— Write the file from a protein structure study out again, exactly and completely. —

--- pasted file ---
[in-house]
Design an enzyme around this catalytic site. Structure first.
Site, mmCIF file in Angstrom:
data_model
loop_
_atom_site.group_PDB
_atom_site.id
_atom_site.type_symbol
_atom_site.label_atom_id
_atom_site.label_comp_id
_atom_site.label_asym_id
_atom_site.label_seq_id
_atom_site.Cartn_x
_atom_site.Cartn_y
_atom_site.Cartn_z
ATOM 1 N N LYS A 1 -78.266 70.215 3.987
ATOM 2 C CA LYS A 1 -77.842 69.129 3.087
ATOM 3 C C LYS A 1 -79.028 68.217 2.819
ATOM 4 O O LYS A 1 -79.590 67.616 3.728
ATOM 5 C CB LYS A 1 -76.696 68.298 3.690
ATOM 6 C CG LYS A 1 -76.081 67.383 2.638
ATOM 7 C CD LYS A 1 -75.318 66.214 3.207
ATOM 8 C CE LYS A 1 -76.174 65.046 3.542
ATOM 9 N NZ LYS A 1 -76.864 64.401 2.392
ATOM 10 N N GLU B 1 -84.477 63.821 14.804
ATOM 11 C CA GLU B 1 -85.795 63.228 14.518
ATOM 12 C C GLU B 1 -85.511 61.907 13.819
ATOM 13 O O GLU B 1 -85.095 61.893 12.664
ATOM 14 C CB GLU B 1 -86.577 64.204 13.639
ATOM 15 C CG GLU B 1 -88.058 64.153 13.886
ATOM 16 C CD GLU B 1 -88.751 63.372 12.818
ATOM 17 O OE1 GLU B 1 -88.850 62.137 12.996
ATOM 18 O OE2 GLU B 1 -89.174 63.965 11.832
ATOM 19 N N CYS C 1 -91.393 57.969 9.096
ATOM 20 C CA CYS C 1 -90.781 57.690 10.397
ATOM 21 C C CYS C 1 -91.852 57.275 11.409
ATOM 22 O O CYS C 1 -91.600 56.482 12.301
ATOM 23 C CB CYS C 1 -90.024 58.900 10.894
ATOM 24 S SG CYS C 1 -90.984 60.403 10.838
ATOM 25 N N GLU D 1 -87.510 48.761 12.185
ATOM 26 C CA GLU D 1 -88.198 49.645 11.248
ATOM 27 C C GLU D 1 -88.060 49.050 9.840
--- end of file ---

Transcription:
[in-house]
Design an enzyme around this catalytic site. Structure first.
Site, mmCIF file in Angstrom:
data_model
loop_
_atom_site.group_PDB
_atom_site.id
_atom_site.type_symbol
_atom_site.label_atom_id
_atom_site.label_comp_id
_atom_site.label_asym_id
_atom_site.label_seq_id
_atom_site.Cartn_x
_atom_site.Cartn_y
_atom_site.Cartn_z
ATOM 1 N N LYS A 1 -78.266 70.215 3.987
ATOM 2 C CA LYS A 1 -77.842 69.129 3.087
ATOM 3 C C LYS A 1 -79.028 68.217 2.819
ATOM 4 O O LYS A 1 -79.590 67.616 3.728
ATOM 5 C CB LYS A 1 -76.696 68.298 3.690
ATOM 6 C CG LYS A 1 -76.081 67.383 2.638
ATOM 7 C CD LYS A 1 -75.318 66.214 3.207
ATOM 8 C CE LYS A 1 -76.174 65.046 3.542
ATOM 9 N NZ LYS A 1 -76.864 64.401 2.392
ATOM 10 N N GLU B 1 -84.477 63.821 14.804
ATOM 11 C CA GLU B 1 -85.795 63.228 14.518
ATOM 12 C C GLU B 1 -85.511 61.907 13.819
ATOM 13 O O GLU B 1 -85.095 61.893 12.664
ATOM 14 C CB GLU B 1 -86.577 64.204 13.639
ATOM 15 C CG GLU B 1 -88.058 64.153 13.886
ATOM 16 C CD GLU B 1 -88.751 63.372 12.818
ATOM 17 O OE1 GLU B 1 -88.850 62.137 12.996
ATOM 18 O OE2 GLU B 1 -89.174 63.965 11.832
ATOM 19 N N CYS C 1 -91.393 57.969 9.096
ATOM 20 C CA CYS C 1 -90.781 57.690 10.397
ATOM 21 C C CYS C 1 -91.852 57.275 11.409
ATOM 22 O O CYS C 1 -91.600 56.482 12.301
ATOM 23 C CB CYS C 1 -90.024 58.900 10.894
ATOM 24 S SG CYS C 1 -90.984 60.403 10.838
ATOM 25 N N GLU D 1 -87.510 48.761 12.185
ATOM 26 C CA GLU D 1 -88.198 49.645 11.248
ATOM 27 C C GLU D 1 -88.060 49.050 9.840